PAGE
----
Should we work on insignificant improvements?

Doctors hate their computers. Well, that’s according to Atul Gawande. The influential doctor and writer recently dedicated almost 9,000 words to outline his thoughts on the matter in The New Yorker’s Annals of Medicine.  So many initiatives intended to make things faster and better actually result in the opposite. His main focus of his frustration is on computerised patient record systems. They slow down consultations and increase workload. The vast majority of ‘improvements’ made seem to result in demand for more hours working away from patients.  He goes on to suggest a direct link between software and bureaucracy. As prevalence and complexity of the former grows, so too does the latter.  In addition:

“I began to see the insidious ways that the software changed how people work together. They’d become more disconnected; less likely to see and help one another, and often less able to.”

Impact on patients

Atul Gawande is not alone in throwing the spotlight onto computer systems which are intended to help. To quote Helen Salisbury, writing in The BMJ:

“..if I’m not careful, technology can take over the consultation so that (it takes) more time than the listening and the talking. Worse still is when I try to do both at once—listening a bit but not enough, hands already typing, eyes on the screen. There’s nothing like not listening to encourage not talking.”

It’s so easy to see how, in hindsight, all the little things add up to being something much bigger. Mountains are made up of countless grains of sand – some fused together as solid, impenetrable rock. All the extra little tasks and delays add up to hours of our time. But do we think about all the little things that could help in the same way?

Do we think about improvements in the same way?

If you are reading this, then you are reading the first blog entry on our newly redeveloped website. It’s much, much faster than the old version. Didn’t you notice? No? But then, why should you? We don’t usually notice how quickly or efficiently something works. We just expect it. If we do notice an improvement, it doesn’t take long for us to get used to it and forget the way things were. But we do notice when things are slow and get in the way.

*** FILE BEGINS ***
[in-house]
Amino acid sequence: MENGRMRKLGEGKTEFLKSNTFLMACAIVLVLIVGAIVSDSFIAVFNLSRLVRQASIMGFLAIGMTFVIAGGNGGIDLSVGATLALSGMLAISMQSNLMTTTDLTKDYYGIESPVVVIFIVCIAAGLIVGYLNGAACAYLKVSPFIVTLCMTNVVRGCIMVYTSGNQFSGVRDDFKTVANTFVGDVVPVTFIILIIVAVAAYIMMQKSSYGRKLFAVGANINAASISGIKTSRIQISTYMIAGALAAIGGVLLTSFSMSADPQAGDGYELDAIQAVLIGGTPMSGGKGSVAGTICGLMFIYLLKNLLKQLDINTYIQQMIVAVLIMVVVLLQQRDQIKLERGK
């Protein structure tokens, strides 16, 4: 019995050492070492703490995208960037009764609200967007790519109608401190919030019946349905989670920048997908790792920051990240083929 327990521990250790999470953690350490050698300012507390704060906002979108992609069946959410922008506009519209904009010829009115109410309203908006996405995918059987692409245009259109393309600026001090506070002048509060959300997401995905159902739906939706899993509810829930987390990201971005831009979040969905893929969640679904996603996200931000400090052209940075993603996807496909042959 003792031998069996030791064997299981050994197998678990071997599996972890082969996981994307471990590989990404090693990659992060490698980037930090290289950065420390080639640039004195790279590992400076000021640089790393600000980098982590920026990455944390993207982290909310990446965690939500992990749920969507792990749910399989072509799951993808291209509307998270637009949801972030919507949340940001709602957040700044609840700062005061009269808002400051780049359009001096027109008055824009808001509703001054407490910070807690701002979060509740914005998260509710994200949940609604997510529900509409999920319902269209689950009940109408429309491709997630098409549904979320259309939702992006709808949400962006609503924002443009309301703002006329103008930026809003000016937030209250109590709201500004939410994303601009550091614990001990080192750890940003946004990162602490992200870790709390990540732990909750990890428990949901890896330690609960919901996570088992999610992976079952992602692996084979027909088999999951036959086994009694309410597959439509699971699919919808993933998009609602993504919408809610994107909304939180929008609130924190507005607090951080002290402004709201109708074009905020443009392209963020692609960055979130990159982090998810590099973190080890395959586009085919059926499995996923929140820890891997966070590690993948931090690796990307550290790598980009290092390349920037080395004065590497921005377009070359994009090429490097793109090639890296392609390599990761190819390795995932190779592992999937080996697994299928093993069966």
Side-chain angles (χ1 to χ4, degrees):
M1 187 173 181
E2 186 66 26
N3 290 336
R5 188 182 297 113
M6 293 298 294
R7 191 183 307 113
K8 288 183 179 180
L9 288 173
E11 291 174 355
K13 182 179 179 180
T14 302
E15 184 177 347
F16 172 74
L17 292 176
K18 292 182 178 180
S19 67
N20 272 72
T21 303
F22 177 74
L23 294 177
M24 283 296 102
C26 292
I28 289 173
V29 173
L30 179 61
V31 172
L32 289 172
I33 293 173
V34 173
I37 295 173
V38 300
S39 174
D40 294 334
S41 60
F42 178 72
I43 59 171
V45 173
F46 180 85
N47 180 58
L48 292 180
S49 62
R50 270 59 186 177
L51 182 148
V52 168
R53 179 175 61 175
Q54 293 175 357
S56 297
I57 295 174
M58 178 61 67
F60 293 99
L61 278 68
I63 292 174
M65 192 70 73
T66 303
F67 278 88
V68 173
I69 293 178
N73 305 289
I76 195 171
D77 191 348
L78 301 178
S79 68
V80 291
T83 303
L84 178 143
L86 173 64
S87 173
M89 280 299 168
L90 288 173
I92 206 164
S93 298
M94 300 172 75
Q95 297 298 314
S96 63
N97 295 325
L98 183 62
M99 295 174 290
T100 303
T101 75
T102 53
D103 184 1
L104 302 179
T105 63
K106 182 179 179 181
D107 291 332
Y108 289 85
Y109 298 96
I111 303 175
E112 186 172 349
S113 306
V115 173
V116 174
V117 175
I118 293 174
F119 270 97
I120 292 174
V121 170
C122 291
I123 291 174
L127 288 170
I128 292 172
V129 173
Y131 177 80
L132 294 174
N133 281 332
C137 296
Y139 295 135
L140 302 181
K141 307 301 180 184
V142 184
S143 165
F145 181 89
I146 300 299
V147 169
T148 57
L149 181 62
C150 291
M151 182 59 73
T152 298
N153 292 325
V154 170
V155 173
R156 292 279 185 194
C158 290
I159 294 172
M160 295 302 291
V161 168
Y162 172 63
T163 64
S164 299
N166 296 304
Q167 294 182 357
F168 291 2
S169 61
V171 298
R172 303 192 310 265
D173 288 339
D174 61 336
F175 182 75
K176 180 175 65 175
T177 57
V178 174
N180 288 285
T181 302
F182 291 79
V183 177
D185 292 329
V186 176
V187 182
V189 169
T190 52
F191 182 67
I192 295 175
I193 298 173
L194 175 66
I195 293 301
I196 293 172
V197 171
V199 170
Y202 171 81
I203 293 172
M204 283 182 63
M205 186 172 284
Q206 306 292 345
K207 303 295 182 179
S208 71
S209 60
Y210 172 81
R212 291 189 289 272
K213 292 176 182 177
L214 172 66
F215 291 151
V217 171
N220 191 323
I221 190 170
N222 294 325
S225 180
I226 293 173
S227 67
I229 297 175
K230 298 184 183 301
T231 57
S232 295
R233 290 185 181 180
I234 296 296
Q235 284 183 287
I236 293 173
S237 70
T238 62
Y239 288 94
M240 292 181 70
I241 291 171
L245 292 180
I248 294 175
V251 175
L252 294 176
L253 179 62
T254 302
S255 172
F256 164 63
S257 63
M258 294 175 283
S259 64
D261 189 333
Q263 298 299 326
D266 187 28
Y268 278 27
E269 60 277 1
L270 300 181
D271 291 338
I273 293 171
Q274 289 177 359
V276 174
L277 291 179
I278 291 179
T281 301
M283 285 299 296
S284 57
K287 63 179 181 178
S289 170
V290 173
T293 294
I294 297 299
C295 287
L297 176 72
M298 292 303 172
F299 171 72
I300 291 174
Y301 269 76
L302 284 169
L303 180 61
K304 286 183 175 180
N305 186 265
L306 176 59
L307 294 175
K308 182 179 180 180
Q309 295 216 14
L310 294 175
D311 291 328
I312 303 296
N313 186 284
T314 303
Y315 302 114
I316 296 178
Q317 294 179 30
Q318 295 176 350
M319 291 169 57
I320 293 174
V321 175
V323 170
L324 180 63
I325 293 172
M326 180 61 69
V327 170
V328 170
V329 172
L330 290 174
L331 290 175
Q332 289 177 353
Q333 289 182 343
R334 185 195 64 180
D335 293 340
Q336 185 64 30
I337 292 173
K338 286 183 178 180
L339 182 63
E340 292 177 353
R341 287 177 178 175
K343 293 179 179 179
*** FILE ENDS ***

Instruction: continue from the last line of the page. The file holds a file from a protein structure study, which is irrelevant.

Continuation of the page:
To quote Tom Peters:

“There’s no such thing as an insignificant improvement.”

Such thinking feeds into the concept known as the ‘aggregation of marginal gains’. This principle was utilised by Sir David Brailsford as he coached the British Cycling team and Team Sky to unparalleled success. Yes, all the little inefficiencies add up to major problems. Equally, multiple little improvements add up to something well worth the effort.

Making a worthwhile difference

Our research, published in BMJ Leader, revealed major shortfalls in doctors discussing things that matter. Of over 200 doctors, some 40% said they were not discussing progress toward goals either enough or at all with their colleagues. 37% said they were not involved with discussions about improving processes. Learning how to have such discussions with team members would be one small improvement. Actually having the discussions would create the possibility of many more. Learning how and improving the ability to channel ideas into worthwhile change helps make these little changes real. All too often, we wait for the big idea or the big initiative. Worse still is waiting for someone else to do something. Meanwhile, the problematic little things continue to tighten their grip.

What small yet significant improvements will you make next?

Stephen McGuire – Head of Development